Humanitude also defines eye contact duration. Caregivers should maintain it for longer than 0.5 s so that PwDs become aware that they are being watched. Although prolonged eye contact is recommended, silence can also become uncomfortably eerie to seniors. Caregivers should respond by talking to a PwD within 2 s after establishing eye contact (Honda et al., 2014).
The second communicative element is verbal communication, which has two categories. One is such phonetic elements as tone, speed, and volume; the other is lexicological elements: vocabulary. In care settings, all verbal communication is conveyed with non-verbal information. Generally, most of the topics focused on by caregivers concentrate on their work, and their conversations are brief. In fact, a report described that verbal communication lasted only 2 min each day for a bedridden dementia patient in a long-term care facility (Gineste and Pellissier, 2007; Honda et al., 2014). Caregivers often become discouraged by laconic PwDs who fail to respond or show irrelevant answers. Humanitude argues that good communication skills must be developed based on both phonetic and lexicological elements as well as a technique called Auto Feedback where caregivers talk continuously even when care receivers respond inadequately.
Phonetic Elements: Tone, Speed, and Volume
Phonetic information includes tone, speed, and volume. PwDs have disproportionate atrophy in the medial, basal, and lateral temporal lobes, and medial parietal cortex, which lead difficulty in understanding the meaning of linguistic information (McKhann et al., 2011). However, their amygdala essentially maintains its function and analyzes emotional meaning of paralinguistic information. Hearing loss is the highest population attributable factor for dementia (Livingston et al., 2017, 2020). Due to this, people taking care of PwDs have a tendency to speak loud and high pitch voice to communicate. These tones convey negative emotional prosody to PwDs. To avoid this condition, United Kingdom National Health System1 recommended to calm, slow, gentle and low voice, which is also recommended in Humanitude.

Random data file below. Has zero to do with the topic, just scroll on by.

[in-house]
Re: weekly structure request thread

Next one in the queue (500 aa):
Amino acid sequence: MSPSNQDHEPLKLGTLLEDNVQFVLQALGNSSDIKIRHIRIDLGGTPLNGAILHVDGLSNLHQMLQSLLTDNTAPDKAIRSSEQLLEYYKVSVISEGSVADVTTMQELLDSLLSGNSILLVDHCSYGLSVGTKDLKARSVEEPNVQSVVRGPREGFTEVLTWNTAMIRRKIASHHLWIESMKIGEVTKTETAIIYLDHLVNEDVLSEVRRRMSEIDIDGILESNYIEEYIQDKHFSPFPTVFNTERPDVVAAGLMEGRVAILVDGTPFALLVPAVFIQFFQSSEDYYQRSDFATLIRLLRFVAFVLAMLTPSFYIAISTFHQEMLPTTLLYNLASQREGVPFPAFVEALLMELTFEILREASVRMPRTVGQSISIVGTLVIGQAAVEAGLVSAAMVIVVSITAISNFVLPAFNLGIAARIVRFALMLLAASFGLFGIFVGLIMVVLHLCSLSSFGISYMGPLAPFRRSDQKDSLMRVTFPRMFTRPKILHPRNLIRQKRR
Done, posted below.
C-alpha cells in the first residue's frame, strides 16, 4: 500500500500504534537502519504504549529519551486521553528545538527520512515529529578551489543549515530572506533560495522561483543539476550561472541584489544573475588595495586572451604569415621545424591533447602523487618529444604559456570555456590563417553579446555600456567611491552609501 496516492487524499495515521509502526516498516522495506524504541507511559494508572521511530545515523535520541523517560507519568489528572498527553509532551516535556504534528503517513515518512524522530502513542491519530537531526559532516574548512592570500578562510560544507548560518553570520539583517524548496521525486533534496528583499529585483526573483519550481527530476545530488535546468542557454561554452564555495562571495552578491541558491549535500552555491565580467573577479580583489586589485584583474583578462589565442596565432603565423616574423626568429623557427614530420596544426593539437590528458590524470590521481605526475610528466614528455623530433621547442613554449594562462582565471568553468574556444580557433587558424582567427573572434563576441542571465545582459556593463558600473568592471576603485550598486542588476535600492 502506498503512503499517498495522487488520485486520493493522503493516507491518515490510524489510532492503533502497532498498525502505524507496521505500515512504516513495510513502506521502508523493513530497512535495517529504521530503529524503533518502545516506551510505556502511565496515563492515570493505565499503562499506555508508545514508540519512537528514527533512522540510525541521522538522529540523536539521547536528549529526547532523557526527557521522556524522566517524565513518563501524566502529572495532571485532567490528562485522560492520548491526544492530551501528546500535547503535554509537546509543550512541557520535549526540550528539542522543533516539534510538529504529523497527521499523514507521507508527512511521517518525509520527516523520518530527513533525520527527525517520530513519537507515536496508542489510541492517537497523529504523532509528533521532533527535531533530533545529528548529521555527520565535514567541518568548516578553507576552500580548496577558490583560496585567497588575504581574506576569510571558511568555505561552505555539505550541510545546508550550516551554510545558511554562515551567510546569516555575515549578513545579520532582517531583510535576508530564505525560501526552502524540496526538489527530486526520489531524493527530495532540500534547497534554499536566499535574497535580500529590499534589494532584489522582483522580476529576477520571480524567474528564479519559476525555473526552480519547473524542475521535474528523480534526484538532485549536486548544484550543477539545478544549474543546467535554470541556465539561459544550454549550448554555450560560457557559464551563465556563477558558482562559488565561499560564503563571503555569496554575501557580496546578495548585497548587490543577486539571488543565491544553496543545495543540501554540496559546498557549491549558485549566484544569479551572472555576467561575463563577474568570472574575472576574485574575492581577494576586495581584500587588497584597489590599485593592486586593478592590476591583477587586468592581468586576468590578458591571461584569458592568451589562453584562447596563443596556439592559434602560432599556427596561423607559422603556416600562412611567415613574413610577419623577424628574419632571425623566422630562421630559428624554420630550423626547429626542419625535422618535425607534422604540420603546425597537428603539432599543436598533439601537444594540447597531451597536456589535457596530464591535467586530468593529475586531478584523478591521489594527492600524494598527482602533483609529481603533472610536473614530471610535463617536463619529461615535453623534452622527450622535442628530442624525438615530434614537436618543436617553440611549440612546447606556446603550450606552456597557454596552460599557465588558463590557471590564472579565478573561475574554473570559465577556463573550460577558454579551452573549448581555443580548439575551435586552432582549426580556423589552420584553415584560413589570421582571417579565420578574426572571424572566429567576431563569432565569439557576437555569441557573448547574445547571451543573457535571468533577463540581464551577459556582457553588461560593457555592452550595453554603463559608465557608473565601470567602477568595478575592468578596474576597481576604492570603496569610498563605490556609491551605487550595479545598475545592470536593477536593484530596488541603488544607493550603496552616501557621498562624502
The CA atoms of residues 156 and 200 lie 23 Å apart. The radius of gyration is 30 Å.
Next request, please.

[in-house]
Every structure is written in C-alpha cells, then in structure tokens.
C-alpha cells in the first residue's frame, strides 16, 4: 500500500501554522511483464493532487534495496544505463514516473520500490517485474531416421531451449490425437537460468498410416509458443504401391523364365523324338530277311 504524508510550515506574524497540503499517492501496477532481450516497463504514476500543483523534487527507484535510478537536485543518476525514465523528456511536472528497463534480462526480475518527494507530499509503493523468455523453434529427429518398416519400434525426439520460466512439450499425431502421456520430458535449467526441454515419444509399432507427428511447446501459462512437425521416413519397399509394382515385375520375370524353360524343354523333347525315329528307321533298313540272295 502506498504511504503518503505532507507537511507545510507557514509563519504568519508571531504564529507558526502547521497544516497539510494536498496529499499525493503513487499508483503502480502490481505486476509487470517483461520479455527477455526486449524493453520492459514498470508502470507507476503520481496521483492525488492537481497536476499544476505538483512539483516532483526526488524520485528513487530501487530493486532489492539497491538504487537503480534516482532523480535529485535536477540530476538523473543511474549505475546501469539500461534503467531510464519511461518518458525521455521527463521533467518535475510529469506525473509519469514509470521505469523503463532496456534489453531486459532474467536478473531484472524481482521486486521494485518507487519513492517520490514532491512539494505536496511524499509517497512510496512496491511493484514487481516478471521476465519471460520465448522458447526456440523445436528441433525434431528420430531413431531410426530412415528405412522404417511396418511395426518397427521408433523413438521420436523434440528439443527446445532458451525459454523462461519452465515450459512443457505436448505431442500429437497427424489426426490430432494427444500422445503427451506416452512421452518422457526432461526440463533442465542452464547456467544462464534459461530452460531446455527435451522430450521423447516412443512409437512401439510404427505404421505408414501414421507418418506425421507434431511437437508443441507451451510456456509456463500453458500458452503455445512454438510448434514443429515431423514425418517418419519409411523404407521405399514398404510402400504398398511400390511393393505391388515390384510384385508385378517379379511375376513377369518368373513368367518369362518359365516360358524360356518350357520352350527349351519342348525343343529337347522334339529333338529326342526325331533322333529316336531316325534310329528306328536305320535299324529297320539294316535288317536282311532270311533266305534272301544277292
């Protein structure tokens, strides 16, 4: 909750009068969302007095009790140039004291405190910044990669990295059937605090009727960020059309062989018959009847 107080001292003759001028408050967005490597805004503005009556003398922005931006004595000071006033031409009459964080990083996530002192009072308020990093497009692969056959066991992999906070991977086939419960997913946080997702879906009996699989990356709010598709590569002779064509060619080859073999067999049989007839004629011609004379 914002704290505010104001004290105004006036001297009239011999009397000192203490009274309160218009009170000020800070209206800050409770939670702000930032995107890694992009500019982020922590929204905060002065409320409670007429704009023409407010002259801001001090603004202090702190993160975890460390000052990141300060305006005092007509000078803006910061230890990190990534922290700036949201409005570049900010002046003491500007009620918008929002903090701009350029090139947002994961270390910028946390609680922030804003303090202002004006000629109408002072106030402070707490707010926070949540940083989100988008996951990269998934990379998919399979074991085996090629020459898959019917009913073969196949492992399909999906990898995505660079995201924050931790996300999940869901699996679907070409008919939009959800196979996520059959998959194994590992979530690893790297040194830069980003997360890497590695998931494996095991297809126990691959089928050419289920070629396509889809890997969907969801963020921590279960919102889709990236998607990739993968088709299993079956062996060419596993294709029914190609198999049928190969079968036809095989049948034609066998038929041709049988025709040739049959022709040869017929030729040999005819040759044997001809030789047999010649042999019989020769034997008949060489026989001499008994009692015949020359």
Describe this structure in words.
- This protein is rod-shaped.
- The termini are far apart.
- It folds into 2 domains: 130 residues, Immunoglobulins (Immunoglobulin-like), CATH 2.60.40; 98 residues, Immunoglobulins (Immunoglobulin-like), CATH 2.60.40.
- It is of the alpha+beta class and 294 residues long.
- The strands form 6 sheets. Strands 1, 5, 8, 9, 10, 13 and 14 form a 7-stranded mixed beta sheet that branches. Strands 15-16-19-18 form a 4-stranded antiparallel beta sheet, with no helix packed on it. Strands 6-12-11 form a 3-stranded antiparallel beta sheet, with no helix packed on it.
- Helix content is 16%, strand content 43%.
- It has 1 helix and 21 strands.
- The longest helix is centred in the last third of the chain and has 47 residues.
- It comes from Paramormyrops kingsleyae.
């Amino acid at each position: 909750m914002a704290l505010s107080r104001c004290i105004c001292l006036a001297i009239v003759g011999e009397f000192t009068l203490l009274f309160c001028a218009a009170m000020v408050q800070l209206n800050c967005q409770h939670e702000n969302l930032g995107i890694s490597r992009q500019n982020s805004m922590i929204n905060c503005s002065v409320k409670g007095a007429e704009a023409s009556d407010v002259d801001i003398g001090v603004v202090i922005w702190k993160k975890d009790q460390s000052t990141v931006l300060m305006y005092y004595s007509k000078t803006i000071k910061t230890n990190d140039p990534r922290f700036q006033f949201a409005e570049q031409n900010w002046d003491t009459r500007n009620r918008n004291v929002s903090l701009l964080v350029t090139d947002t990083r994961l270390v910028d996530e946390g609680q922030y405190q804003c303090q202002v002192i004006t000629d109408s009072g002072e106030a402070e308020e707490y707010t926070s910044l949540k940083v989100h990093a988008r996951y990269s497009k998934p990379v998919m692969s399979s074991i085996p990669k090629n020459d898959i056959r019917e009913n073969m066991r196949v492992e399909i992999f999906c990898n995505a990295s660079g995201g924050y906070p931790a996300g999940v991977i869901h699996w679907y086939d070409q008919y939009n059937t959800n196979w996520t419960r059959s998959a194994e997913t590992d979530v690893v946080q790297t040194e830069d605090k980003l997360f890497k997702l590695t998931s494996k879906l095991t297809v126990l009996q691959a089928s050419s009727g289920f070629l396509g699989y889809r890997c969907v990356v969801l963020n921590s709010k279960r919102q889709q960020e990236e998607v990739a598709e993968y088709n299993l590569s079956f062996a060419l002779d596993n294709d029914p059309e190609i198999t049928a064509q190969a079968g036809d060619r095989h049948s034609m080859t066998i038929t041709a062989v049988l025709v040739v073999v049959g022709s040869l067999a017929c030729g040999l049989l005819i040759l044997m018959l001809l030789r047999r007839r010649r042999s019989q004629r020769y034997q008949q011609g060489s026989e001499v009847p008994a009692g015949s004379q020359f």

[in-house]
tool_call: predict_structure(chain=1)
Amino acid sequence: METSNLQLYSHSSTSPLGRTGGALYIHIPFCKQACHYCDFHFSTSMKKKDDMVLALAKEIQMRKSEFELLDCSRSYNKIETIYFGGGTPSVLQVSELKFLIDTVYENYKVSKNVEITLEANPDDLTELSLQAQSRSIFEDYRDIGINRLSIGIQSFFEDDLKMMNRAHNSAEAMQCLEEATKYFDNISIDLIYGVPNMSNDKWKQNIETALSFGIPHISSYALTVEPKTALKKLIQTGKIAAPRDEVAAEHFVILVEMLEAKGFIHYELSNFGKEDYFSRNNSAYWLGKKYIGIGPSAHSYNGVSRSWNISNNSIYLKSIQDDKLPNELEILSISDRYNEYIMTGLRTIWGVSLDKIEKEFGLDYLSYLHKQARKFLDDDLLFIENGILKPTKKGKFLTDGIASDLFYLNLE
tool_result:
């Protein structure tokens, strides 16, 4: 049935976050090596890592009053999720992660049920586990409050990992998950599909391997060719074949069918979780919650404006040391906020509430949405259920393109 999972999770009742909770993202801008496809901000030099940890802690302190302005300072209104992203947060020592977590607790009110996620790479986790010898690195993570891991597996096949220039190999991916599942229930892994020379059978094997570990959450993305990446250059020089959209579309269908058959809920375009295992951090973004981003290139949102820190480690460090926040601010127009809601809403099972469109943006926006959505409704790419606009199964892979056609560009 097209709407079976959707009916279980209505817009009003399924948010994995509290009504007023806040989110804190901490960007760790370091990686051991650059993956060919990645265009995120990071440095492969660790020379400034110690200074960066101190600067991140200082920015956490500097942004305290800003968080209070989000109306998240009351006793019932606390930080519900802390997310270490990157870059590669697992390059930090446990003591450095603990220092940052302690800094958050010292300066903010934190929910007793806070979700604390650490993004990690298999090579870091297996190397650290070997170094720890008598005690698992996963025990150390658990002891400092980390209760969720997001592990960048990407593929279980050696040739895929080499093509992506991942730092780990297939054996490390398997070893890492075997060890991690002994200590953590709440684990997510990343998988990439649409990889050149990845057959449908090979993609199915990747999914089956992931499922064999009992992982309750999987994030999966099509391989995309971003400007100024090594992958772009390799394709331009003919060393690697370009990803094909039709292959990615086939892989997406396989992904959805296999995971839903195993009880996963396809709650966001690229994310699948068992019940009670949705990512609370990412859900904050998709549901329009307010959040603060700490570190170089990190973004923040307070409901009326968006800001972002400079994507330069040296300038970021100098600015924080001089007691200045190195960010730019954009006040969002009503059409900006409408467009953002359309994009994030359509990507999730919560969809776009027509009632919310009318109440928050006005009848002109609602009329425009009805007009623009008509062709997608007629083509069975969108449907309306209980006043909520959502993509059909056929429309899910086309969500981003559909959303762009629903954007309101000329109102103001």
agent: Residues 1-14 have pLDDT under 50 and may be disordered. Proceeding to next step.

Lexicological Elements: Positive Words
Another category of verbal communication is lexicological elements. Vocabulary is critical to convey positive information. The words used by caregivers generally communicate such requests as “Please open your mouth” or “Hold still” or apologies like “I’m sorry that you are in pain by my procedure.” To establish good relationships with PwDs, selecting positive words is key. There are other expressions to deliver the same communication and care in different words, conveying identical meaning by adding a positive emphasis: “Thank you for keeping your mouth open, that is a big help.”